The third phase involved narrowing down and identifying the location of the best sites for setting up the CSP plants. Among the identified sites from the results of second phase, the DNI values were used to prioritize the areas. The specific locations of the best 25 suitable sites were identified from the vast area by first clustering the areas and selecting the specific areas with the highest DNI. The identified sites were as shown in Figure 8.

For further analysis, the potential sites needed to be narrowed down further to 10 sites. It is important to note that potential areas identified in the North Eastern parts of Kenya were eliminated due to the insecurity posed by terrorism

Figure 3. Direct normal irradiance.

Figure 4. Reclassified direct normal irradiance.

Figure 5. Weight analysis results.

Figure 6. Exclusion mask result.

Figure 7. Site results.

Figure 8. Site suitability.

threats. By virtue of the DNI values, the best 10 sites were then selected. They were as shown in Figure 9.

Figure 10 pans closer to demonstrate the location of the identified 10 best sites. It is observed that they are widely distributed. These sites were required in the completion of the final phase which involved the realization of the power capacity of each site.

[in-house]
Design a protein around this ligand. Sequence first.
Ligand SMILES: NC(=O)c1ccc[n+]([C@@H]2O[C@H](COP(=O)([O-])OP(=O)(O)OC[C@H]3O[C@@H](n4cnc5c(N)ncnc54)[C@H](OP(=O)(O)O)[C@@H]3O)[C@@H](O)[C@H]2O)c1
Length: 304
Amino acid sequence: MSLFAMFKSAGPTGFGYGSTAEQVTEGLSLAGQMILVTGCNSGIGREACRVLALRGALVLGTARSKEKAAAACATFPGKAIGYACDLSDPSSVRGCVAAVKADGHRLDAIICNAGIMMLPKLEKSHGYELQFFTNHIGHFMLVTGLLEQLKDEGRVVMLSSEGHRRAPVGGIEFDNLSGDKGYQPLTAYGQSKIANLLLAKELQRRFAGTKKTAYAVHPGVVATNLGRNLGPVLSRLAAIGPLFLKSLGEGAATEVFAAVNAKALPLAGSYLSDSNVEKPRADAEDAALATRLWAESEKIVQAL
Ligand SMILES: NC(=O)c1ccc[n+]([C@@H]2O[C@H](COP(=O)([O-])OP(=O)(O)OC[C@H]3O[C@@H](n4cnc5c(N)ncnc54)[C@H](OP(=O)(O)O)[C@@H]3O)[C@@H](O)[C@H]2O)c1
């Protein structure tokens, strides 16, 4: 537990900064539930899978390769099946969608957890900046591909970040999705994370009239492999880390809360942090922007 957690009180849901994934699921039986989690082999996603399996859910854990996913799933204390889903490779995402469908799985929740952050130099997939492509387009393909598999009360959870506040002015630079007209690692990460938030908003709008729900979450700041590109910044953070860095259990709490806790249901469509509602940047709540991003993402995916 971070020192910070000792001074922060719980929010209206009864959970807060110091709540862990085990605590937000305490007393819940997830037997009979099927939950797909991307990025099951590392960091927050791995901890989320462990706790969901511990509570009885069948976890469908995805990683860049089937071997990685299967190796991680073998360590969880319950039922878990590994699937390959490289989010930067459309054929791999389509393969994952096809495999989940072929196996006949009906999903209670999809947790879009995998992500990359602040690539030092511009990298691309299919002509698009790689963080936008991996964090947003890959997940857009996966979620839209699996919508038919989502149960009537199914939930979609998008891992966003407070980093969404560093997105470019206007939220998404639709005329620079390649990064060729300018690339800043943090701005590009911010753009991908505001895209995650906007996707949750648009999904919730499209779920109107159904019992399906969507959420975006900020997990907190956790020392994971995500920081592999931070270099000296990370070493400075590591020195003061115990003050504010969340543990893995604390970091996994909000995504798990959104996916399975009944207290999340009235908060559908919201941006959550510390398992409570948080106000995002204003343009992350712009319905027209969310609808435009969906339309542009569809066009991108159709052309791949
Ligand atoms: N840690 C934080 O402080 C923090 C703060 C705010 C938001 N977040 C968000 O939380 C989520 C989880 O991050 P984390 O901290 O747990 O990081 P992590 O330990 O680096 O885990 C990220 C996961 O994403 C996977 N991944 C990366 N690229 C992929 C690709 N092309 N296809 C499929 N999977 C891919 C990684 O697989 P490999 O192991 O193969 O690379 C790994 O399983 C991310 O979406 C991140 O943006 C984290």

The identified sites lie between latitude 2˚N - 4.5˚N and longitude 35˚E - 38˚E. The geographic coordinates of the 10 best sites are described in Table 3. The coordinates system used is Geographic WGS 1984.

The final phase was achieved by calculating the potential output capacity on setting up a Concentrated Solar Power installation plant within these identified sites. Using the formula described in Equation (1), the power generated by a 1 km2 panel area within this identified sites was determined [19] based on the 3 commonly used CSP technologies. Table 4 describes the power potential in Megawatt Hours within the 10 sites.

Table 3. Coordinates of the 10 best sites.

Table 4. Power generation in the best 10 sites (Mwh).

Figure 9. The best 10 suitable sites.

Figure 10. Close up view of suitable sites for concentrated solar power plant installations.

4. Discussion

This research explored the possibility of setting up a concentrated solar energy panel in Kenya. The results are a clear indication that there is great potential for concentrated solar energy in Kenya especially towards the Northern Region, particularly in Turkana and Marsabit counties. The energy potential within the identified 10 best sites across these counties lies between 670 and 1064 MWh, 445 and 1329 MWh, and 763 - 1662 MWh based on the parabolic trough, solar tower, and dish sterling technologies respectively over a 1 km2 solar panel range. The most commonly used technology is the parabolic trough.